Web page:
Remington Rand Model 3 Card Punch

From the early 20th century, a few American offices used punched cards to enter data onto accounting machines. In 1929 the Powers Accounting Machines Division of Remington Rand, Inc., introduced a "double deck" punch card for data entry. It had two sets of 45-column rows, for a total of 90 columns. This desk-sized, electrically powered device punched both 45 and 90 column cards. Keys at the right front set the machine. Pressing the "TRIP" bar in front of these activated the punch. The machine could be set to punch duplicate data, or to duplicate cards. With special key tops, not present on this version of the machine, one could enter alphabetic data, not simply numbers.
The machine has a mirror, which should be mounted, for viewing cards.
A tag on the front of the machine reads: Remington Rand. It lists patent numbers ranging from 1,643,779 (issued September 27, 1927) to 2,203,355 (issued June 4, 1940). A red tag attached to one edge reads: 020300 14946 4. A metal tag near one corner reads: VA9-14946.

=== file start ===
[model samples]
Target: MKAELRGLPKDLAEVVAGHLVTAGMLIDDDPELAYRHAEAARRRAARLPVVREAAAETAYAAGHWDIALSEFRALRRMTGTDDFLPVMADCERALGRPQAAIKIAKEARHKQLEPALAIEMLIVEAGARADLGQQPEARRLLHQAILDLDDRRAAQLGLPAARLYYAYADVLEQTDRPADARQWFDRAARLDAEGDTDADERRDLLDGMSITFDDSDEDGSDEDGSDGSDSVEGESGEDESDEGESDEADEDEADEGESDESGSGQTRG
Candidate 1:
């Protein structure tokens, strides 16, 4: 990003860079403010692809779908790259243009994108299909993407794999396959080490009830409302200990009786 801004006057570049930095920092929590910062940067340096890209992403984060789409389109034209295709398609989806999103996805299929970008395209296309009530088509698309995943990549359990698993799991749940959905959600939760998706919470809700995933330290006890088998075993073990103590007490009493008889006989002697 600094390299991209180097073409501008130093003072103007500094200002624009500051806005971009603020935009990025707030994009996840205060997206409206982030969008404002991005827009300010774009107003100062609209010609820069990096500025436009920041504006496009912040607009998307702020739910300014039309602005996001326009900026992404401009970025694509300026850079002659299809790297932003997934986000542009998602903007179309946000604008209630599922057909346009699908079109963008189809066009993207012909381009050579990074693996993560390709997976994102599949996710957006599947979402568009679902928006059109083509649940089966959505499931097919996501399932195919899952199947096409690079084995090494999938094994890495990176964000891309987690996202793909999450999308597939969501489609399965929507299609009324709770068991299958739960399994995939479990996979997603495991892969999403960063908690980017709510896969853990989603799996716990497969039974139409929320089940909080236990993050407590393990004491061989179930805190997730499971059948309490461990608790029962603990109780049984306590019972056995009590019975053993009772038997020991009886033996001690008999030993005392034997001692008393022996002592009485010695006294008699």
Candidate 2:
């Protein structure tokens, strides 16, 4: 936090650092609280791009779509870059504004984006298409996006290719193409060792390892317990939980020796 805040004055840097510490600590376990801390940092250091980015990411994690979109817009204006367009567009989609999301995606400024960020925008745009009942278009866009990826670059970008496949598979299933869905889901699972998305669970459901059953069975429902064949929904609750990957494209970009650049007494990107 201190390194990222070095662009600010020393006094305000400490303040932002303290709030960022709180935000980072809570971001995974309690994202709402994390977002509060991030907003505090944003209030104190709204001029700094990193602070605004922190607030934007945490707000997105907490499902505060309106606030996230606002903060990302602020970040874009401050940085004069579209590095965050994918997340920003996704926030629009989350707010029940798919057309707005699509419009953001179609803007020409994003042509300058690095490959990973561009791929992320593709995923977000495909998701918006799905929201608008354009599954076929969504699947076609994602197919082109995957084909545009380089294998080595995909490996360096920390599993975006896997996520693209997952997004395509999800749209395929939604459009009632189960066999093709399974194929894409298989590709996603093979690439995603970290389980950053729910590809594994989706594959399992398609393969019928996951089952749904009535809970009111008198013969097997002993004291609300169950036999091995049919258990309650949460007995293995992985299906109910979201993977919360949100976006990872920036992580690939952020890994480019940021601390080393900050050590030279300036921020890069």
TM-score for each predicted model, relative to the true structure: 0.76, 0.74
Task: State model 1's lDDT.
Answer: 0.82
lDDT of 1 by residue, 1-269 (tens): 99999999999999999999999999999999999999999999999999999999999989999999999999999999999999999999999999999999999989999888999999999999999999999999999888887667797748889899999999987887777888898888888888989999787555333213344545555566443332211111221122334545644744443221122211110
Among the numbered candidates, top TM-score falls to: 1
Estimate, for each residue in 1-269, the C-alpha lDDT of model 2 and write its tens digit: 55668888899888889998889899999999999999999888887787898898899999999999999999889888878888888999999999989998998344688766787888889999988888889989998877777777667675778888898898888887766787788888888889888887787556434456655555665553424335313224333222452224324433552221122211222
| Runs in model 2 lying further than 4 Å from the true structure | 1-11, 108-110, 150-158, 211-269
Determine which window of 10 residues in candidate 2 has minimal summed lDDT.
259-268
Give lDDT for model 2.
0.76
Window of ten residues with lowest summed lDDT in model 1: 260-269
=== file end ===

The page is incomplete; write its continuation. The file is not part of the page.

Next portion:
L. Heide, Punched-Card Systems and the Early Information Explosion 1880–1945, Baltimore: Johns Hopkins University Press, 2009, esp. pp. 76–96.
Powers Accounting Machines Division of Remington Rand, Inc., "Powers Reference Manual," Buffalo, N.Y.: Powers Accounting Machines, 1935.
Currently not on view
Object Name
tabulating machine
date made
ca 1940
Remington Rand Inc.
Physical Description
metal (overall material)
glass (overall material)
rubber (overall material)
overall: 100 cm x 72 cm x 54 cm; 39 3/8 in x 28 3/8 in x 21 1/4 in
ID Number
accession number
catalog number
See more items in
Medicine and Science: Mathematics
Tabulating Equipment
Computers & Business Machines
Data Source
National Museum of American History, Kenneth E. Behring Center
Additional Media

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